Self-love & Self-care After Narcissistic Abuse

15 Tips for Self-care After Narcissistic Abuse (Self-love)

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Self-love and self-care after narcissistic abuse aren’t just about ‘treating’ yourself. They’re a vitally important piece in the process of putting all the fragmented parts of yourself back together.

From my own experience, one of the hardest things about narcissistic relationships is that the damage is invisible. Sometimes, during my recovery, I actually wished my ex-husband had left bruises from the damage he’d done because then at least my brain would have had the evidence it needed to see what was going on right under my nose.

After leaving my narc ex of twenty years, I remember being in regular states of complete despair. It’s like my insides would be screaming at me, as I was trying to understand that the person who was supposed to love me never truly did at all. Every single thing he’d ever done was purely for self-gain and to feed off of my life force energy.

If you’re here reading this post, I’m sure that you can relate. For the first time in my life, I understood why self-love is so crucially important, particularly when recovering from abuse.

Self-love and self-care after narcissistic abuse cover getting your physical body healthy, as well as making sure that you look and feel good. It’s also about getting your spiritual and emotional health in a place where you can thrive beyond everything that’s happened to you.

Plus, self-care is about setting healthy boundaries and building your self-love to a place where no narcissist can ever have it over you again.

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Who is the Narcissist & Why Did They Come into My Life?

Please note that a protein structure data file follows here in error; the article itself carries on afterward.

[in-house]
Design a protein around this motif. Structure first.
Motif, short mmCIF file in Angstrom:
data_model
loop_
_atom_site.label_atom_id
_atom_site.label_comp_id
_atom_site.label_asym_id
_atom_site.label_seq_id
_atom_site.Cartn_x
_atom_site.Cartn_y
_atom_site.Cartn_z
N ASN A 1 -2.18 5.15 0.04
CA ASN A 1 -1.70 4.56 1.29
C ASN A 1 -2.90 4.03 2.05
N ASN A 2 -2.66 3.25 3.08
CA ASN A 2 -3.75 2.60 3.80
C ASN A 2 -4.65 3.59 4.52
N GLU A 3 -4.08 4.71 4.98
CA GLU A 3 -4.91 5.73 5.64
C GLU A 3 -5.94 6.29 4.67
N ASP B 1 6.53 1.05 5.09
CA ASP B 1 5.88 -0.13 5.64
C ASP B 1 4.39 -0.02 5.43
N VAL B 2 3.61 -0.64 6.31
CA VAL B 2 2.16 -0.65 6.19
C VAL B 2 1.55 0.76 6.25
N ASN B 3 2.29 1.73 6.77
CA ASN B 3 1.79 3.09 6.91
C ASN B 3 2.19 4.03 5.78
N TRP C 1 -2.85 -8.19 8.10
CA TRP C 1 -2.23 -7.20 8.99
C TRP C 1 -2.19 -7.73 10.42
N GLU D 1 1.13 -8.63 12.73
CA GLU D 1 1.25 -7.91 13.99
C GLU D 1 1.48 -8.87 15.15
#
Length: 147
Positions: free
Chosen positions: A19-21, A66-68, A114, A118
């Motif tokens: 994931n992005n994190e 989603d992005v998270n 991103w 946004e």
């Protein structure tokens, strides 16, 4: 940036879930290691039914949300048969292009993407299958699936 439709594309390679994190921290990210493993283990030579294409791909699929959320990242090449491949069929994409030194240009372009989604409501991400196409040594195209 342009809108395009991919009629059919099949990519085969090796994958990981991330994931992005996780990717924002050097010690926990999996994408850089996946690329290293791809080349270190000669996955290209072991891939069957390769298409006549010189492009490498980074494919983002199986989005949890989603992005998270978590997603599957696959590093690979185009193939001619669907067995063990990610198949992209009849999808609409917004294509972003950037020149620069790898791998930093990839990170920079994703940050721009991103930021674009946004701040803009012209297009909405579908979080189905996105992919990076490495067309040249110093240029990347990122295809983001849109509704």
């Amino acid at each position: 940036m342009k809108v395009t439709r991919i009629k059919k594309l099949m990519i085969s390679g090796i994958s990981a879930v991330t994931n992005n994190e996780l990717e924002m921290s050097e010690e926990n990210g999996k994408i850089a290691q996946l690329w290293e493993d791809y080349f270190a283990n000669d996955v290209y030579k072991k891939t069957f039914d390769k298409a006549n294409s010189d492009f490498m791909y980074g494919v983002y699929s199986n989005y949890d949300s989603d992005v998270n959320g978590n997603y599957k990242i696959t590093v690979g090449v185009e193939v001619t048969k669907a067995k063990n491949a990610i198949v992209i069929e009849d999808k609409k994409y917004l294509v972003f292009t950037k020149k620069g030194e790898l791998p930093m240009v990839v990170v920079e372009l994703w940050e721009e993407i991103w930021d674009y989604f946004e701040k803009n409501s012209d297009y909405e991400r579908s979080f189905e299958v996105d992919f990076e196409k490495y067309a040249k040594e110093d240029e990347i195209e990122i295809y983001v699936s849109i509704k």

Narcissistic Woman, Criticism

Who is the Narcissist?

Narcissists do not have a true, authentic self like whole, fully intact people do. Due to childhood trauma, they unconsciously severed the connection to their True Self because they deemed it useless. They decided that feeling empathy and emotion was too painful and that wasn’t how they were going to get ahead in life, so they discarded that aspect of themselves.

By cutting off their True Self, they were left with only one thing running the show – their ego. For the ego to remain in existence, it needs to be fed and inflated. Typical fodder for the ego is attention in all of its various forms.

For the narcissist to maintain the ego’s existence, they needed to create a False Self, which encompasses the many masks and facades they invent along the way. It’s through these false images and illusions that the narcissist can gain the much-needed attention. Both good attention (admiration) and bad attention (arguments and drama) supply the narcissist with life force energy.

If the narcissist starts to run low on attention, they will find themselves falling into their inner black hole, which they hate. If they are left with themselves and no source of supply, they will not be able to avoid the deep inward feelings of utter disgust, unworthiness and shame, which is how they truly feel about themselves.

Avoiding that dark soul, which is all they’re left with on the inside, is their life’s mission. Their only purpose in life is to seek out supply to gain some relief and keep the darkness at bay, much like a drug addict.

Since they don’t have personal access to their much-needed drug, the only way to obtain it is through pilfering and manipulating it from others.

They are no different to a vampire, feeding on the blood of others. However, for the narcissist, their drug of choice is life force energy.

Narcissists work to find your deepest wounds, which they intentionally open right up to elicit such excruciating pain from within you. It’s through this pain that they can extract your energy to feed their False Self, which is essential for keeping their ego alive.

Their ego is merely a cover-up, which allows them to feign confidence and assurance of themselves, in order to suck the life force from others. This life force energy is what we know as narcissistic supply, which alleviates the pain of that black hole. It keeps the ego inflated for a little longer before they need to hunt for more supply.

READ: Narc Supply Explained

You cannot help or fix the narcissist, nor is it your responsibility to do so.

But here’s the thing. That black hole, which they’re constantly feeding through outside sources, will always remain a black hole. That means that it can never be filled, no matter how many resources get poured into it.

Ultimately, when you hand over your precious energy to a narcissist, you are allowing yourself to be emptied into the narcissist’s black hole, which is a bottomless pit.

The Narcissist’s Purpose in my Life